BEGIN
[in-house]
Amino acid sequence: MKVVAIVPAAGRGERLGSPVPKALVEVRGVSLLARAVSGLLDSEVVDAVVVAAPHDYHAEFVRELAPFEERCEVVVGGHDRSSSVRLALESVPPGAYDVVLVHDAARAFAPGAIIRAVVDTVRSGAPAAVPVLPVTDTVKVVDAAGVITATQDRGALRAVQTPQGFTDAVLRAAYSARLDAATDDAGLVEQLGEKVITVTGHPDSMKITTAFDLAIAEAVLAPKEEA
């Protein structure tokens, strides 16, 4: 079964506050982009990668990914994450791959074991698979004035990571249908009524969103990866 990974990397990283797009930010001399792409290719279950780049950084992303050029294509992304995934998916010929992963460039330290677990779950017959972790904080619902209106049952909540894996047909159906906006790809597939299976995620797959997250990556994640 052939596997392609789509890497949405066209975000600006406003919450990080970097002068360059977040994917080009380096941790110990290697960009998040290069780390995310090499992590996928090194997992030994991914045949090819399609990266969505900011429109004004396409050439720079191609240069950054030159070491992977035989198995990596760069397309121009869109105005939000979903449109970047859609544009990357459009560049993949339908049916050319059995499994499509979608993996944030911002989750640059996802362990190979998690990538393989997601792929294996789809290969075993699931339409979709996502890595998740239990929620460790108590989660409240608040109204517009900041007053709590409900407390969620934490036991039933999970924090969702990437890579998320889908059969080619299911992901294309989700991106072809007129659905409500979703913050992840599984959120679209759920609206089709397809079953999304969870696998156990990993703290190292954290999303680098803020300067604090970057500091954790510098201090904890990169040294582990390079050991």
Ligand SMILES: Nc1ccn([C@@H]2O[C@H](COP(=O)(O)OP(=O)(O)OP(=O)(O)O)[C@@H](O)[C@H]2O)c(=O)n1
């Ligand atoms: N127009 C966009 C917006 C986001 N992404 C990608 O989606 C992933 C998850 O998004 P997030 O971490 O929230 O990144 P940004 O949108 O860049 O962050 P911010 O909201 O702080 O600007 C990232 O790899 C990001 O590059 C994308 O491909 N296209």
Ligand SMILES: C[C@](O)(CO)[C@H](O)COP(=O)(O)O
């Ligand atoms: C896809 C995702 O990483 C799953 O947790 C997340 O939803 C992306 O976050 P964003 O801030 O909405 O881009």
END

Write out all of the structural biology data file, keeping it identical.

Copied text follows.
[in-house]
Amino acid sequence: MKVVAIVPAAGRGERLGSPVPKALVEVRGVSLLARAVSGLLDSEVVDAVVVAAPHDYHAEFVRELAPFEERCEVVVGGHDRSSSVRLALESVPPGAYDVVLVHDAARAFAPGAIIRAVVDTVRSGAPAAVPVLPVTDTVKVVDAAGVITATQDRGALRAVQTPQGFTDAVLRAAYSARLDAATDDAGLVEQLGEKVITVTGHPDSMKITTAFDLAIAEAVLAPKEEA
């Protein structure tokens, strides 16, 4: 079964506050982009990668990914994450791959074991698979004035990571249908009524969103990866 990974990397990283797009930010001399792409290719279950780049950084992303050029294509992304995934998916010929992963460039330290677990779950017959972790904080619902209106049952909540894996047909159906906006790809597939299976995620797959997250990556994640 052939596997392609789509890497949405066209975000600006406003919450990080970097002068360059977040994917080009380096941790110990290697960009998040290069780390995310090499992590996928090194997992030994991914045949090819399609990266969505900011429109004004396409050439720079191609240069950054030159070491992977035989198995990596760069397309121009869109105005939000979903449109970047859609544009990357459009560049993949339908049916050319059995499994499509979608993996944030911002989750640059996802362990190979998690990538393989997601792929294996789809290969075993699931339409979709996502890595998740239990929620460790108590989660409240608040109204517009900041007053709590409900407390969620934490036991039933999970924090969702990437890579998320889908059969080619299911992901294309989700991106072809007129659905409500979703913050992840599984959120679209759920609206089709397809079953999304969870696998156990990993703290190292954290999303680098803020300067604090970057500091954790510098201090904890990169040294582990390079050991």
Ligand SMILES: Nc1ccn([C@@H]2O[C@H](COP(=O)(O)OP(=O)(O)OP(=O)(O)O)[C@@H](O)[C@H]2O)c(=O)n1
């Ligand atoms: N127009 C966009 C917006 C986001 N992404 C990608 O989606 C992933 C998850 O998004 P997030 O971490 O929230 O990144 P940004 O949108 O860049 O962050 P911010 O909201 O702080 O600007 C990232 O790899 C990001 O590059 C994308 O491909 N296209």
Ligand SMILES: C[C@](O)(CO)[C@H](O)COP(=O)(O)O
């Ligand atoms: C896809 C995702 O990483 C799953 O947790 C997340 O939803 C992306 O976050 P964003 O801030 O909405 O881009």